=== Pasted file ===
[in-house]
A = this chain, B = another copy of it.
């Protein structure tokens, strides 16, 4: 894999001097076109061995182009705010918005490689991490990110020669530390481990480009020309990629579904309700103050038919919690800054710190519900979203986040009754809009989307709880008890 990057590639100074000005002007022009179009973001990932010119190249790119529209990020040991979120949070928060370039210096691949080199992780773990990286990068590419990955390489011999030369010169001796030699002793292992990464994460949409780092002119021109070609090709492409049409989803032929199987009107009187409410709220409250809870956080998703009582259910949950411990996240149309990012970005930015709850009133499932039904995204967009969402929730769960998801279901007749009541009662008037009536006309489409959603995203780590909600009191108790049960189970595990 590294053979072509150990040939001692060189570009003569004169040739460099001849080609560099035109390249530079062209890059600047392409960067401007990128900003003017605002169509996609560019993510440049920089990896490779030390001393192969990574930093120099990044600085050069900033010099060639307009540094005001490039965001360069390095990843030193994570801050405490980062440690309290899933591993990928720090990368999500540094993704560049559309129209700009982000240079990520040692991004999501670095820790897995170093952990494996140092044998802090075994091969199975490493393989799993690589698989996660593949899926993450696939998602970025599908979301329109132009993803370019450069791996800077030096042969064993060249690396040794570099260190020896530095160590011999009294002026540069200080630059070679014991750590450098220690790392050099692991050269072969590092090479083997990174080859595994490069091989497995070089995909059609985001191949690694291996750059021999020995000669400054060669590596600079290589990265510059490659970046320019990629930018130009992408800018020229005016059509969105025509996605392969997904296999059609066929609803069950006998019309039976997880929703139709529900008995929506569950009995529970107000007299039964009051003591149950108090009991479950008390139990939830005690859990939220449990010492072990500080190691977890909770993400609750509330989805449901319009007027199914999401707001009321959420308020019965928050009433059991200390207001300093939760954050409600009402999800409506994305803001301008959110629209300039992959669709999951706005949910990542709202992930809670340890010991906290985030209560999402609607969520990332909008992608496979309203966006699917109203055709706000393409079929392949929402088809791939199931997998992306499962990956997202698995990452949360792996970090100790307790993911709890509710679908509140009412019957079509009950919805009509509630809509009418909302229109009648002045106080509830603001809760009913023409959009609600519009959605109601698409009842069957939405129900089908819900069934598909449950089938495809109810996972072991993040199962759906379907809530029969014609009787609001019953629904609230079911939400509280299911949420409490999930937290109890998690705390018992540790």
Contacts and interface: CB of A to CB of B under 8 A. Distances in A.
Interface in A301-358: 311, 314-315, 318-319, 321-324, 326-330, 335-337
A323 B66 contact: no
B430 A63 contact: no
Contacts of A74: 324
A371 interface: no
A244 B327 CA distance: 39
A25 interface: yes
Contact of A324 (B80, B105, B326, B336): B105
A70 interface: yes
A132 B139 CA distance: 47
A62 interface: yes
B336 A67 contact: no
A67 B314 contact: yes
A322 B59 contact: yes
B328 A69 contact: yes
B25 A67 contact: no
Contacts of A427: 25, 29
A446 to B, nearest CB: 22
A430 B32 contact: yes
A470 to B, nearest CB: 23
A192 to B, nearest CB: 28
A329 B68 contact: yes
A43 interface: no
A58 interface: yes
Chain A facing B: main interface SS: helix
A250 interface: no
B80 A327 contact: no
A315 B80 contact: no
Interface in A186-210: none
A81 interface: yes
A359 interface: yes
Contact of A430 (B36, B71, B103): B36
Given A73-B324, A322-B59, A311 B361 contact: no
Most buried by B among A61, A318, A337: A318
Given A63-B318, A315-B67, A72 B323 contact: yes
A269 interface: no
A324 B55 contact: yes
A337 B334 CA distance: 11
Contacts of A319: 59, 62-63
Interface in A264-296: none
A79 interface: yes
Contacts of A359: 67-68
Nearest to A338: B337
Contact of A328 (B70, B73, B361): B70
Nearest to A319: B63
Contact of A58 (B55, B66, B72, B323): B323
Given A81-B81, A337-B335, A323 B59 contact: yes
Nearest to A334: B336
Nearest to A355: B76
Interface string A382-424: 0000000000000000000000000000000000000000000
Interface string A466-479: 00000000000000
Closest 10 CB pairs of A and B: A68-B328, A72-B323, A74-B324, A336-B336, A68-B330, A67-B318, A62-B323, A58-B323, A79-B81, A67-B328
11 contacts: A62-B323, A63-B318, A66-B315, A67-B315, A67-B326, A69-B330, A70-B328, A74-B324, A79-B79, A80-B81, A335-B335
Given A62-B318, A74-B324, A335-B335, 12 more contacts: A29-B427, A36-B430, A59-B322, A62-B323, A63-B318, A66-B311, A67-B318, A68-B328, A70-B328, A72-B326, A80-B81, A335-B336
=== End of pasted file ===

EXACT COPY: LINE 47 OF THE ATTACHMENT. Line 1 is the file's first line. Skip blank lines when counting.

Nearest to A338: B337